The point here isn't that she was being abusive. She wasn't. She was just genuinely perplexed by what she was seeing. Why would anyone choose to willingly use such an old thing? She just could not get past that.

    Ken

    * Polished up white antique delivery truck being used indoors as a fruit stand display at a Farmer's Market. Thinking possible APUG MSA "Markets" entry at the time...
     
  10. werra

    werra Subscriber

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    Well, you cannot argue with small size, instant feedback, HD video and decent enough high ISO quality in everyday p&s. I don't think it's in any way related to being embarassed to shoot film. Digital is so much more convinient.
    As long as film and chemistry are produced, and I hope they will be for another 40-50 years at least, I don't see not a slightest problem with digi being mainstream. More gear for us to play.
     
  11. thegman

    thegman Member

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    I think if you're not into the process of photography, or the developing, and are an every day "take photos at birthdays" type of person. Film does not really make much sense, the freedom to take 1000 photos and not pay for any of them, and to chimp is worth more to most people than the look or pleasure of film.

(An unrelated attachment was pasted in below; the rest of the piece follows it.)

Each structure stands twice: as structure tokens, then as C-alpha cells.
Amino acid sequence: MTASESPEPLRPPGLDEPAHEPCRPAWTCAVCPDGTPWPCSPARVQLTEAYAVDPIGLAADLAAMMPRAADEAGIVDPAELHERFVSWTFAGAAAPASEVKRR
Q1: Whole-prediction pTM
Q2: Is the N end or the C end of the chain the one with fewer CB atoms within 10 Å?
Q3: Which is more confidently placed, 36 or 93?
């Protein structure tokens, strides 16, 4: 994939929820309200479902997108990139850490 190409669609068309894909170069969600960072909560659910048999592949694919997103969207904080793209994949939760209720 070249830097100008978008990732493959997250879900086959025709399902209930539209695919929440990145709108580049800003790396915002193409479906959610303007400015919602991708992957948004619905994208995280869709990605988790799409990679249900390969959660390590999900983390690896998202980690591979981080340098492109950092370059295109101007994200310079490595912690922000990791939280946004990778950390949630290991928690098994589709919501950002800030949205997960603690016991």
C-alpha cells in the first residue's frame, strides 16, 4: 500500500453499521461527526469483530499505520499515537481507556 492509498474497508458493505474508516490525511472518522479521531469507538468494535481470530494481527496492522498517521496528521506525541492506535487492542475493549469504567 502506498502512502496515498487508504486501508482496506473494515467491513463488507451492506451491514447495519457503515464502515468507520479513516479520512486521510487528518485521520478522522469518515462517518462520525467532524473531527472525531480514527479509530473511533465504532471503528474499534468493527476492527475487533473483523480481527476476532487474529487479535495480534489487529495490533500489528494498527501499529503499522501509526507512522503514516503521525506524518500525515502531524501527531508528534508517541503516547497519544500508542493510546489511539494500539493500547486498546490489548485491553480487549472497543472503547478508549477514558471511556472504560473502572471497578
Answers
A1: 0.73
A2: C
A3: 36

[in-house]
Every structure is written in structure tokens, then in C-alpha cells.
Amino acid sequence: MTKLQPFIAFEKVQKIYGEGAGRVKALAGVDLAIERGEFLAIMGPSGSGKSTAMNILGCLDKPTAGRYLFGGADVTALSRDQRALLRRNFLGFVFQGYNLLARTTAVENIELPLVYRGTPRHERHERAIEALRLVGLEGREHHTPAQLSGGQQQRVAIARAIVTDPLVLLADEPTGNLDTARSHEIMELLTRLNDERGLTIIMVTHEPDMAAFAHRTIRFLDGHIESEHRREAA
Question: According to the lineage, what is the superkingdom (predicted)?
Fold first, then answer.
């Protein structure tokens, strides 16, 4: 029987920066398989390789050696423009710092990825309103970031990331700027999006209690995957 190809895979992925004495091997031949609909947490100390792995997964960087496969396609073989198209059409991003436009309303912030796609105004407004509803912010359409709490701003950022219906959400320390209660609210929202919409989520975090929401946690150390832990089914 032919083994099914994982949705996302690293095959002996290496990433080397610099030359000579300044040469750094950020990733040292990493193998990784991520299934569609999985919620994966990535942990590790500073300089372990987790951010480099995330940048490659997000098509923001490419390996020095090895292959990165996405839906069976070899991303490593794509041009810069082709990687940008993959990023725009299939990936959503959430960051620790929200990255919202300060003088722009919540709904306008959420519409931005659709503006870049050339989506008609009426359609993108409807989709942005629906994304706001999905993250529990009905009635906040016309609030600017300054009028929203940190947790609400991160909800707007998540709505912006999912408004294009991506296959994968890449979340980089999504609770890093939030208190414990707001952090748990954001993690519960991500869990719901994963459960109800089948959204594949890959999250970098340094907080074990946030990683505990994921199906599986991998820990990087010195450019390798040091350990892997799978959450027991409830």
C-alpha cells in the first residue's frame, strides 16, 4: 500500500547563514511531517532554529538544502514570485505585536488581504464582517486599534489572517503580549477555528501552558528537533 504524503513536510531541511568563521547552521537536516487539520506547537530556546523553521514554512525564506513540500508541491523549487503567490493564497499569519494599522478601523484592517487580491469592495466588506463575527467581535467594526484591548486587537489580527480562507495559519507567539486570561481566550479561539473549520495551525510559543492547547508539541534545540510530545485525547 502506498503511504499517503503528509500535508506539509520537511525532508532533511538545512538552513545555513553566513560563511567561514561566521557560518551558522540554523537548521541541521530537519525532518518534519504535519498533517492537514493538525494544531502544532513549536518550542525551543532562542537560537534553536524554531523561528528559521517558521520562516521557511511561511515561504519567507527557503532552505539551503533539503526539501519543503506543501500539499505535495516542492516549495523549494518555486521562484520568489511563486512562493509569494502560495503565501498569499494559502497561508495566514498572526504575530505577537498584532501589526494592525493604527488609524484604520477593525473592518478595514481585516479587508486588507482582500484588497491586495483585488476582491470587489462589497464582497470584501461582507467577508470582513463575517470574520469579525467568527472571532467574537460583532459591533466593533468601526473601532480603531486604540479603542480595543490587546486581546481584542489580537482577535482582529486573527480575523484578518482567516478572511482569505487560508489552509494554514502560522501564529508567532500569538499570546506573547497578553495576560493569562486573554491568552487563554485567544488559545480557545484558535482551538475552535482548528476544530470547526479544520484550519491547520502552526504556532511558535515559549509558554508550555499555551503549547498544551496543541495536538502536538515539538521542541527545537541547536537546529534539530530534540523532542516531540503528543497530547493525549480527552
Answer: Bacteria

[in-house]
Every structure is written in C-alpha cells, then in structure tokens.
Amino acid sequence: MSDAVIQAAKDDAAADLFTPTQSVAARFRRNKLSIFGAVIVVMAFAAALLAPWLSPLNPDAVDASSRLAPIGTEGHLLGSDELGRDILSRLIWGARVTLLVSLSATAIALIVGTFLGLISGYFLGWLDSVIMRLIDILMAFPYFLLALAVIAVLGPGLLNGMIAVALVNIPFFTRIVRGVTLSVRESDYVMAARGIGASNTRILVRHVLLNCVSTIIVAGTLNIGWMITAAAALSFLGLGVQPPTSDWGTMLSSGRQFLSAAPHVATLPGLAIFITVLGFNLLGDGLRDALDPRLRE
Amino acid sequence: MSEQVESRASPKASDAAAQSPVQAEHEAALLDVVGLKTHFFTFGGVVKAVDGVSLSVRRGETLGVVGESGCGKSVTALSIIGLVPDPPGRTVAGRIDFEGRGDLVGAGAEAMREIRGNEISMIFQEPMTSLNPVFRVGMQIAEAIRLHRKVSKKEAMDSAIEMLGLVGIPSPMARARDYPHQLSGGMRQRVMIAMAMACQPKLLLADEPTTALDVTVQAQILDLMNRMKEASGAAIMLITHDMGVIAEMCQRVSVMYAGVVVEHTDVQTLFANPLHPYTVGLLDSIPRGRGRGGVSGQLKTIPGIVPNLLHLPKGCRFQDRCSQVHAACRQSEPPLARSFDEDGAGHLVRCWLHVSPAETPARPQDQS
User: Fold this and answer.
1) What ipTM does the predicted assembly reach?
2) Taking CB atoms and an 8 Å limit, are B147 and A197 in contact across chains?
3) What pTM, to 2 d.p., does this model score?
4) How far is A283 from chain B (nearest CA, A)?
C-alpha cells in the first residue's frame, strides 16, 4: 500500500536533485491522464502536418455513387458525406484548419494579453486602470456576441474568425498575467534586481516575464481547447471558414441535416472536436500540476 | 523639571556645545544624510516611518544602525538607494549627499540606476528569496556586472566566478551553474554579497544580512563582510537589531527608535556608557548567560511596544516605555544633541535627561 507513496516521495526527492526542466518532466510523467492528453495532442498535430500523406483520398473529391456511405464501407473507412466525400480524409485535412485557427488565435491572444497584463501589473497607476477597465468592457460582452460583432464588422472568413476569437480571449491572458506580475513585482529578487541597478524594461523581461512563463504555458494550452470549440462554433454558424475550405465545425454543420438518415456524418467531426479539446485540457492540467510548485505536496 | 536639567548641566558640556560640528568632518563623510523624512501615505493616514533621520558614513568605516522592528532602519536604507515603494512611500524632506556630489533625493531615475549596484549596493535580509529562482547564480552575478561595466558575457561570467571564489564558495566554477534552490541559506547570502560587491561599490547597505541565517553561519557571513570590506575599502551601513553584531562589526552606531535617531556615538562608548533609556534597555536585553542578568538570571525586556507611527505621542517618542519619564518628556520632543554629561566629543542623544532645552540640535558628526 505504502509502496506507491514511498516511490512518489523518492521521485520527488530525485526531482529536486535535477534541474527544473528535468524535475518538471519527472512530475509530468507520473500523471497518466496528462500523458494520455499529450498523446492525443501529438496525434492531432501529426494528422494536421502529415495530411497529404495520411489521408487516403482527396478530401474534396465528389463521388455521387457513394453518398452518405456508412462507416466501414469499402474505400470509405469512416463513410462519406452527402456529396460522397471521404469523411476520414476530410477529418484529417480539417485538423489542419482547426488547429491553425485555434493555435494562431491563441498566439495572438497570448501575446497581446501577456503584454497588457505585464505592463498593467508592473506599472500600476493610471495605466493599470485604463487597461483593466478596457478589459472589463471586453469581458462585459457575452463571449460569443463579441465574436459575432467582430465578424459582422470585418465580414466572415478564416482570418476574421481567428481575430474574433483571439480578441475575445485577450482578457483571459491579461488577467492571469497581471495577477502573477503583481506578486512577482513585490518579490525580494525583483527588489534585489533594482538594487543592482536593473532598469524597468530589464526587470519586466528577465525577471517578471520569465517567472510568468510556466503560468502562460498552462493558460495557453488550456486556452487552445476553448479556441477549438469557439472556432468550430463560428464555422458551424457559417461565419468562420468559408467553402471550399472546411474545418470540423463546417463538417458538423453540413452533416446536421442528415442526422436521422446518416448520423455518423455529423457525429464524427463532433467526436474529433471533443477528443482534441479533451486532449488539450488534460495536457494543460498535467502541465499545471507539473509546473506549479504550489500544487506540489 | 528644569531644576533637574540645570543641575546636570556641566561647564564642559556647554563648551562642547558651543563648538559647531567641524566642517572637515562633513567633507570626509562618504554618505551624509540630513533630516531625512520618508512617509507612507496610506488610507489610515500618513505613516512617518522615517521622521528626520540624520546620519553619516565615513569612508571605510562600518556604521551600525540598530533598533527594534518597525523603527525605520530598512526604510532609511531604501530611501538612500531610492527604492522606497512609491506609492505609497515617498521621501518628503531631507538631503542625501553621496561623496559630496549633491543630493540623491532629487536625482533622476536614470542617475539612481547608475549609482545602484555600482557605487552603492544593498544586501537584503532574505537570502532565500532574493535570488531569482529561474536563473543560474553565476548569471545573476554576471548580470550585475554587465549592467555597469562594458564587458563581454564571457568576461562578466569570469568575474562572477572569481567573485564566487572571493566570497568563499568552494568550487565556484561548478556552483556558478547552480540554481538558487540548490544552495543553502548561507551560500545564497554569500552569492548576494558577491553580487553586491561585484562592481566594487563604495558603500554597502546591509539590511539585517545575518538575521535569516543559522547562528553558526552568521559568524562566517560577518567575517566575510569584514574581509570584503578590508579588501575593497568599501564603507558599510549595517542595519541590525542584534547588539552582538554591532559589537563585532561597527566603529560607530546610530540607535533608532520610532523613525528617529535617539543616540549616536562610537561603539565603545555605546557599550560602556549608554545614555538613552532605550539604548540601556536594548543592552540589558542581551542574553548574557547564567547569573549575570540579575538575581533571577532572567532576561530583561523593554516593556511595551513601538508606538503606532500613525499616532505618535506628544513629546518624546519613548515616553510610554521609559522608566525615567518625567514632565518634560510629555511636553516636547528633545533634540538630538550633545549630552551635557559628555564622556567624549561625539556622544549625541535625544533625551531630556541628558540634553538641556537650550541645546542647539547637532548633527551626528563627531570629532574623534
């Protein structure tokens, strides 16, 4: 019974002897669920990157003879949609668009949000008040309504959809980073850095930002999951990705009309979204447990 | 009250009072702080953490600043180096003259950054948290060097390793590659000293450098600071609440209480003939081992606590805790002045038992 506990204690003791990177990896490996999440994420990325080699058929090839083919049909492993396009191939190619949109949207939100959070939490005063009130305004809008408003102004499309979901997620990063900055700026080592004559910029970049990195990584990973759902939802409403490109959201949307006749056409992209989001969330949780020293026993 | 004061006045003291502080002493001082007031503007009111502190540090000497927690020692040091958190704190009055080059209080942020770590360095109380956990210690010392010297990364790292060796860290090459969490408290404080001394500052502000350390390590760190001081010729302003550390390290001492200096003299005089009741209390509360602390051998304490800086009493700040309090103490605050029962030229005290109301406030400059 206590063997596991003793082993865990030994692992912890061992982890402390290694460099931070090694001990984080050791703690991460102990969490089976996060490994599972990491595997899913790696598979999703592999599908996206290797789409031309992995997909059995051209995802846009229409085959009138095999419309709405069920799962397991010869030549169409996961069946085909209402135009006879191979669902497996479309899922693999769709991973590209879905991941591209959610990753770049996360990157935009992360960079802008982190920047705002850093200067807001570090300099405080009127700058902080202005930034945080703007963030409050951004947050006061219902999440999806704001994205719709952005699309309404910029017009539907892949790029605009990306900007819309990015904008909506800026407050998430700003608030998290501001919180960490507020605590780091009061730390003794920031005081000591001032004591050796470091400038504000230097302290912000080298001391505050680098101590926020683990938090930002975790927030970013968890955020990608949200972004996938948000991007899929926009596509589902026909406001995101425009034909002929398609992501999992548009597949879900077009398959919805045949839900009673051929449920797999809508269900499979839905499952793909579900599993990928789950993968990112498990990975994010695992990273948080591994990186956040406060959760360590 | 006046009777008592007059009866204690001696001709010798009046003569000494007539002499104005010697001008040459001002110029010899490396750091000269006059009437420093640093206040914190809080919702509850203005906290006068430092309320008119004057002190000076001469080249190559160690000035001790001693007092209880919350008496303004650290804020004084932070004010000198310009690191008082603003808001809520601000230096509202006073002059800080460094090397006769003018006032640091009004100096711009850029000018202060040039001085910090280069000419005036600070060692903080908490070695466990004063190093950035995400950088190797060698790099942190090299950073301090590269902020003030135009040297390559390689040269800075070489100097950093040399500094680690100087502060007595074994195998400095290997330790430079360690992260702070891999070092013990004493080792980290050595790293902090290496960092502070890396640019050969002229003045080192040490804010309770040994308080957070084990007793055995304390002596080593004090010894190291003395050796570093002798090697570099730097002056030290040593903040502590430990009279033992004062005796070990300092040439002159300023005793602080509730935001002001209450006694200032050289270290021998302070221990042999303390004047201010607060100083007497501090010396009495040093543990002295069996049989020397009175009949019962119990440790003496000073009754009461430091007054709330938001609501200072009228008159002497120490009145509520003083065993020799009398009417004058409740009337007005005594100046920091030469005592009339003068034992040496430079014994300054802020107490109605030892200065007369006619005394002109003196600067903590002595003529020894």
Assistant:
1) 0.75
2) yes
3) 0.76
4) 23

But also, I think some people (a lot of people) are embarrassed to be different, and if shooting film singles them out as someone who fails to follow the pack, then they're not going to do it.

    That's not to say all digital shooter care about that, but it's amazes me how many times I hear as a defence "most people would do it", or "everyone else does it" even from grown adults.
     
  12. Steve Smith

    Steve Smith Member

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    For the person who wants everything on their computer so they can e-mail and Facebook them, then digital makes sense. If you just want some 6x4 prints to pass round (like people used to do all the time) dropping a film off at a minilab and picking up your prints a little while later is a lot easier than messing about with an inkjet printer yourself for the majority of non-hobbyist photographers.